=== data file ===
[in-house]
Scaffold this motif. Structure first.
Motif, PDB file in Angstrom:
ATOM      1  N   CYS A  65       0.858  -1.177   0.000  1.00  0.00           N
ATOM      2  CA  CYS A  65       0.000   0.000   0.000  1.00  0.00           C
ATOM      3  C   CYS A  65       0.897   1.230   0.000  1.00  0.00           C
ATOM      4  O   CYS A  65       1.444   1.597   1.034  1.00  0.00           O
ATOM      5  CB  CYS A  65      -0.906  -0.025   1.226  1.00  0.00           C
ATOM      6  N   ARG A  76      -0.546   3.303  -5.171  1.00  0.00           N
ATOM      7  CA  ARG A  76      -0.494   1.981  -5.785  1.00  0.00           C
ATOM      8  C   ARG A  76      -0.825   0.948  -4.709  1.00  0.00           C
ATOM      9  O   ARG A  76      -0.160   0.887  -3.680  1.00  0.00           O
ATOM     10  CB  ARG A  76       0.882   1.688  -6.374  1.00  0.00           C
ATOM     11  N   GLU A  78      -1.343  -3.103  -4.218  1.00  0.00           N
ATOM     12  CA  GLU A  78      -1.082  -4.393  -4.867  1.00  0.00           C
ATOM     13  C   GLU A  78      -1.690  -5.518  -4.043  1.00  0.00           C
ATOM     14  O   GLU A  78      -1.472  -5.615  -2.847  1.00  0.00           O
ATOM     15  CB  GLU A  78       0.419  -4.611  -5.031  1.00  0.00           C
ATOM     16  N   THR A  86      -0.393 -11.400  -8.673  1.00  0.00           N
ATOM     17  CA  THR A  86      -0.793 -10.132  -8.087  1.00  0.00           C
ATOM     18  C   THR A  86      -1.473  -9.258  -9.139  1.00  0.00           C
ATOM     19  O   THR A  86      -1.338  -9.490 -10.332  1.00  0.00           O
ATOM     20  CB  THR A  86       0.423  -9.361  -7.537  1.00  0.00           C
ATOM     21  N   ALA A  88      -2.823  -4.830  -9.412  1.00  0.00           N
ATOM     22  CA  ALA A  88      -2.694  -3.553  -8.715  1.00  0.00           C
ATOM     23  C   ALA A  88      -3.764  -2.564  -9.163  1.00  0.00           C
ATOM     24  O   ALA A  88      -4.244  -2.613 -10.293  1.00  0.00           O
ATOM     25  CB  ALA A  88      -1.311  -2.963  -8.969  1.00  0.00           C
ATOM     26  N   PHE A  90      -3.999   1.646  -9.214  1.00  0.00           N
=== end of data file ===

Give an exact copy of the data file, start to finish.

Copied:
[in-house]
Scaffold this motif. Structure first.
Motif, PDB file in Angstrom:
ATOM      1  N   CYS A  65       0.858  -1.177   0.000  1.00  0.00           N
ATOM      2  CA  CYS A  65       0.000   0.000   0.000  1.00  0.00           C
ATOM      3  C   CYS A  65       0.897   1.230   0.000  1.00  0.00           C
ATOM      4  O   CYS A  65       1.444   1.597   1.034  1.00  0.00           O
ATOM      5  CB  CYS A  65      -0.906  -0.025   1.226  1.00  0.00           C
ATOM      6  N   ARG A  76      -0.546   3.303  -5.171  1.00  0.00           N
ATOM      7  CA  ARG A  76      -0.494   1.981  -5.785  1.00  0.00           C
ATOM      8  C   ARG A  76      -0.825   0.948  -4.709  1.00  0.00           C
ATOM      9  O   ARG A  76      -0.160   0.887  -3.680  1.00  0.00           O
ATOM     10  CB  ARG A  76       0.882   1.688  -6.374  1.00  0.00           C
ATOM     11  N   GLU A  78      -1.343  -3.103  -4.218  1.00  0.00           N
ATOM     12  CA  GLU A  78      -1.082  -4.393  -4.867  1.00  0.00           C
ATOM     13  C   GLU A  78      -1.690  -5.518  -4.043  1.00  0.00           C
ATOM     14  O   GLU A  78      -1.472  -5.615  -2.847  1.00  0.00           O
ATOM     15  CB  GLU A  78       0.419  -4.611  -5.031  1.00  0.00           C
ATOM     16  N   THR A  86      -0.393 -11.400  -8.673  1.00  0.00           N
ATOM     17  CA  THR A  86      -0.793 -10.132  -8.087  1.00  0.00           C
ATOM     18  C   THR A  86      -1.473  -9.258  -9.139  1.00  0.00           C
ATOM     19  O   THR A  86      -1.338  -9.490 -10.332  1.00  0.00           O
ATOM     20  CB  THR A  86       0.423  -9.361  -7.537  1.00  0.00           C
ATOM     21  N   ALA A  88      -2.823  -4.830  -9.412  1.00  0.00           N
ATOM     22  CA  ALA A  88      -2.694  -3.553  -8.715  1.00  0.00           C
ATOM     23  C   ALA A  88      -3.764  -2.564  -9.163  1.00  0.00           C
ATOM     24  O   ALA A  88      -4.244  -2.613 -10.293  1.00  0.00           O
ATOM     25  CB  ALA A  88      -1.311  -2.963  -8.969  1.00  0.00           C
ATOM     26  N   PHE A  90      -3.999   1.646  -9.214  1.00  0.00           N